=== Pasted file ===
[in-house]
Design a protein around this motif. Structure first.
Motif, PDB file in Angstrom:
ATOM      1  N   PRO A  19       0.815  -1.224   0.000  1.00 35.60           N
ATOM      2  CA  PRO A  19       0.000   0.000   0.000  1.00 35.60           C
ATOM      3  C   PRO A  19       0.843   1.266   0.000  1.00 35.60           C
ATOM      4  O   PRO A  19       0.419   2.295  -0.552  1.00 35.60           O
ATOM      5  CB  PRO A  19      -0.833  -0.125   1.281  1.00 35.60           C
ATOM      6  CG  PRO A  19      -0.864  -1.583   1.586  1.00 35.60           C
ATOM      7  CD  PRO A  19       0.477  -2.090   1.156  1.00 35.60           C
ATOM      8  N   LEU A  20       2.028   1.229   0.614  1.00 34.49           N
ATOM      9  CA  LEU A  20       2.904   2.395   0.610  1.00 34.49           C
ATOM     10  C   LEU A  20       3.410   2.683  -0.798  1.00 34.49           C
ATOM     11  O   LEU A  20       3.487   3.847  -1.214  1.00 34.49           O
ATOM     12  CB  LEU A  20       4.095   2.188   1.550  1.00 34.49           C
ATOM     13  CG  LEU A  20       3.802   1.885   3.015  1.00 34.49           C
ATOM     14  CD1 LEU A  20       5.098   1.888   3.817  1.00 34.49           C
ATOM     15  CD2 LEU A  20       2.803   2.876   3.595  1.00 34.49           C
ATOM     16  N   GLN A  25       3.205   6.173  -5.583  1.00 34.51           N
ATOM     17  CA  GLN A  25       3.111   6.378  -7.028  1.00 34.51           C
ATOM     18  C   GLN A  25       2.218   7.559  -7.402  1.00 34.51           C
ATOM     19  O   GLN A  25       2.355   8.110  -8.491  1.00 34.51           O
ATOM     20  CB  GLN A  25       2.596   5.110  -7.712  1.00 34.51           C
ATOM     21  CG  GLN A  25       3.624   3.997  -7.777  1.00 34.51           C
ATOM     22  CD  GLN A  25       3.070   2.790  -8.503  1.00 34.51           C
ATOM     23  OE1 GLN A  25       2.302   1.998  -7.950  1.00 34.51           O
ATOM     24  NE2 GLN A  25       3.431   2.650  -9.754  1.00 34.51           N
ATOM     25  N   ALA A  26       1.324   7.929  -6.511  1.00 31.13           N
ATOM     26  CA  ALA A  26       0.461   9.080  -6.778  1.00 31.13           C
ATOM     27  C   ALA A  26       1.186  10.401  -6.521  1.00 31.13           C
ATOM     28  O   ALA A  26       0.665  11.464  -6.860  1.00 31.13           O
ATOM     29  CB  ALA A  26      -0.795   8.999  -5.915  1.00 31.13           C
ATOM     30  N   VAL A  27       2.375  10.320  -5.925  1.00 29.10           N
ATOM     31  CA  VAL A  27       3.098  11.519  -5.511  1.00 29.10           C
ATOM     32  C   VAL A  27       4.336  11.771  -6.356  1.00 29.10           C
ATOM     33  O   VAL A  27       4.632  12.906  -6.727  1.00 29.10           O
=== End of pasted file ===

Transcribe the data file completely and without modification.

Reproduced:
[in-house]
Design a protein around this motif. Structure first.
Motif, PDB file in Angstrom:
ATOM      1  N   PRO A  19       0.815  -1.224   0.000  1.00 35.60           N
ATOM      2  CA  PRO A  19       0.000   0.000   0.000  1.00 35.60           C
ATOM      3  C   PRO A  19       0.843   1.266   0.000  1.00 35.60           C
ATOM      4  O   PRO A  19       0.419   2.295  -0.552  1.00 35.60           O
ATOM      5  CB  PRO A  19      -0.833  -0.125   1.281  1.00 35.60           C
ATOM      6  CG  PRO A  19      -0.864  -1.583   1.586  1.00 35.60           C
ATOM      7  CD  PRO A  19       0.477  -2.090   1.156  1.00 35.60           C
ATOM      8  N   LEU A  20       2.028   1.229   0.614  1.00 34.49           N
ATOM      9  CA  LEU A  20       2.904   2.395   0.610  1.00 34.49           C
ATOM     10  C   LEU A  20       3.410   2.683  -0.798  1.00 34.49           C
ATOM     11  O   LEU A  20       3.487   3.847  -1.214  1.00 34.49           O
ATOM     12  CB  LEU A  20       4.095   2.188   1.550  1.00 34.49           C
ATOM     13  CG  LEU A  20       3.802   1.885   3.015  1.00 34.49           C
ATOM     14  CD1 LEU A  20       5.098   1.888   3.817  1.00 34.49           C
ATOM     15  CD2 LEU A  20       2.803   2.876   3.595  1.00 34.49           C
ATOM     16  N   GLN A  25       3.205   6.173  -5.583  1.00 34.51           N
ATOM     17  CA  GLN A  25       3.111   6.378  -7.028  1.00 34.51           C
ATOM     18  C   GLN A  25       2.218   7.559  -7.402  1.00 34.51           C
ATOM     19  O   GLN A  25       2.355   8.110  -8.491  1.00 34.51           O
ATOM     20  CB  GLN A  25       2.596   5.110  -7.712  1.00 34.51           C
ATOM     21  CG  GLN A  25       3.624   3.997  -7.777  1.00 34.51           C
ATOM     22  CD  GLN A  25       3.070   2.790  -8.503  1.00 34.51           C
ATOM     23  OE1 GLN A  25       2.302   1.998  -7.950  1.00 34.51           O
ATOM     24  NE2 GLN A  25       3.431   2.650  -9.754  1.00 34.51           N
ATOM     25  N   ALA A  26       1.324   7.929  -6.511  1.00 31.13           N
ATOM     26  CA  ALA A  26       0.461   9.080  -6.778  1.00 31.13           C
ATOM     27  C   ALA A  26       1.186  10.401  -6.521  1.00 31.13           C
ATOM     28  O   ALA A  26       0.665  11.464  -6.860  1.00 31.13           O
ATOM     29  CB  ALA A  26      -0.795   8.999  -5.915  1.00 31.13           C
ATOM     30  N   VAL A  27       2.375  10.320  -5.925  1.00 29.10           N
ATOM     31  CA  VAL A  27       3.098  11.519  -5.511  1.00 29.10           C
ATOM     32  C   VAL A  27       4.336  11.771  -6.356  1.00 29.10           C
ATOM     33  O   VAL A  27       4.632  12.906  -6.727  1.00 29.10           O